In my book, if you bring dogs to a public place and they don't respond reliably to command then you evaluate the situation if people or kids are approaching and decide in time to put them on a lead. If strangers are visibly nervous of your dogs you try to put them at ease and call the dog to heel - and if your dogs commit a transgression like jumping up at someone etc then you apologise.

The most annoying part for me is it gave him a fear of dogs - large and small - as once we find a decent place with a large enough garden etc I would like to consider getting a dog.

The story has a happy ending - some friends of ours have a really lovely dog and we took a walk with them and their dog and my son played fetch with her. And at a recent Hash run one of the runners brought his dog and he was happy to stroke it and play. In fact the other day he asked me if he can have a dog.

Cheers,
Nick
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Old 09.09.2011, 14:47
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Re: Teaching Children to Fear Dogs

Well at least you admit it. Now why don´t YOU go and get some treatment and modify your behaviour rather than ask 1000´s of dog owners to change.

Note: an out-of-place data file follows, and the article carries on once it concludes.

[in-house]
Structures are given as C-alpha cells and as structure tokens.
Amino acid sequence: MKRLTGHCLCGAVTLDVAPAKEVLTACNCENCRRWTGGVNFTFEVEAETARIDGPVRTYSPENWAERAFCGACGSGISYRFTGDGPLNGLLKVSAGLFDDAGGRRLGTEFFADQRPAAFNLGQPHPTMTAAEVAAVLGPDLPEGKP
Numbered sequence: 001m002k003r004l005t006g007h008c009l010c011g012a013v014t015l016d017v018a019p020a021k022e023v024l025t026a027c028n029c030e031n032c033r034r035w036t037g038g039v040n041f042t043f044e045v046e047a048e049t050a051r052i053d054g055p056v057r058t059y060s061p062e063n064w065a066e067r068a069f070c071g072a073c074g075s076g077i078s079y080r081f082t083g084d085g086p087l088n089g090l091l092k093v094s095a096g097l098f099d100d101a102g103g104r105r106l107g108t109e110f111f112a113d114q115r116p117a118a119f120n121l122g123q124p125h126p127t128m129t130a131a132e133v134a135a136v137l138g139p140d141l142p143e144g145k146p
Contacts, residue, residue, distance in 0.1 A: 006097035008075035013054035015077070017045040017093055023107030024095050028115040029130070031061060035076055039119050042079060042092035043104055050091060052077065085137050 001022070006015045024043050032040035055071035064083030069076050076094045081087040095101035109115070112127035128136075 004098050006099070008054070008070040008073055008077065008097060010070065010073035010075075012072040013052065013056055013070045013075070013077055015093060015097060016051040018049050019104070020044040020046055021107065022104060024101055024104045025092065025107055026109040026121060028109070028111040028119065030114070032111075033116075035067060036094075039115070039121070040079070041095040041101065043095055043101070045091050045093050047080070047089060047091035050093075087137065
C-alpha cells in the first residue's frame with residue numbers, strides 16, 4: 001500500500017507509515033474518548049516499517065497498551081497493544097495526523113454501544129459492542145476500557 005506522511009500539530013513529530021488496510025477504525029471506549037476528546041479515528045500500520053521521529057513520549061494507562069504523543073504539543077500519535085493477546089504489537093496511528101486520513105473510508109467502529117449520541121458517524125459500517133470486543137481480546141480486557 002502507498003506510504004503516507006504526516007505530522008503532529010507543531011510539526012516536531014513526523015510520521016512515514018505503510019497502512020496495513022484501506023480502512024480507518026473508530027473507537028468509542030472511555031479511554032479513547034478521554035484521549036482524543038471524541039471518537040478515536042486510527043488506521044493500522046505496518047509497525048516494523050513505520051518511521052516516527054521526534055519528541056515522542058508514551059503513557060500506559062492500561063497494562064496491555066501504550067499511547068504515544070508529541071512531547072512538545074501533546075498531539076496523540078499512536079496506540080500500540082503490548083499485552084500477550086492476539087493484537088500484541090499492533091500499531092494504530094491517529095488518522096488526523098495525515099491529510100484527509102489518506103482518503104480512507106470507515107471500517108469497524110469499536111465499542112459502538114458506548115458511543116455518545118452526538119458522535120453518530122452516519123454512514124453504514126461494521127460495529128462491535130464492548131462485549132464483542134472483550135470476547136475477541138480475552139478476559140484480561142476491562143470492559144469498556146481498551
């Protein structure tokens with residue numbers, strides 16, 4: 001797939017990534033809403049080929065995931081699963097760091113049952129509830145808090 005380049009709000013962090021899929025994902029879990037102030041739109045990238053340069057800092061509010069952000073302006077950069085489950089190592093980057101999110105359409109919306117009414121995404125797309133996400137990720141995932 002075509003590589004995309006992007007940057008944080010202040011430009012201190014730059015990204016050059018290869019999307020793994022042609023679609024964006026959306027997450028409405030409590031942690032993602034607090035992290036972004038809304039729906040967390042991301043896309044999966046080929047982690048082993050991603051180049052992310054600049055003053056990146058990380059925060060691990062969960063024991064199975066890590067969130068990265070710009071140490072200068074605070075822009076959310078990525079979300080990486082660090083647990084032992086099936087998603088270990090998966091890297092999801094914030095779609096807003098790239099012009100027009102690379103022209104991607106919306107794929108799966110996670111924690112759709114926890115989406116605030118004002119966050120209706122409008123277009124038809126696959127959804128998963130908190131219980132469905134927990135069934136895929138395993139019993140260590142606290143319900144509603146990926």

Unbelievable!!




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If it were that easy Meloncollie ... but basically I don't care what the law says, it's no help to me. I'd prefer it if dogs would be on a leash at all times and that there would be a lot fewer of them. I live surrounded by woods and like to go walking but as you can guess there are dogs running around quite freely -although dogs have to be kept on a lead in woods at all times as far as I know.

Clearly I don't like to shout out and make public that I have a dog phobia. I have now and again asked that the dog be placed on a lead, and, as you can imagine, the immediate answer is always 'Oh, he won't do anything'.

Yes, it's simple, a dog off the lead even a little one at a distance of 200 meters is a small nightmare for me. It's always been the same for me and I see that my grandson has the same problem. Can it lie in the genes?
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Old 09.09.2011, 14:48
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Re: Teaching Children to Fear Dogs

Some very entertaining reading in this thread... IMHO, there are plenty of irresponsible owners out there, and they are the ones that give the rest a bad name.
Lots of children grow up without having any interaction with dogs (especially in the big cities); add to that a set of parents that are scarred to death that their children could be mauled by every passing dog (they saw it once on the night news, so it must be true about all dogs)... and, there you have it: the perfect combination for a child that fears dogs more than the monster in the closet.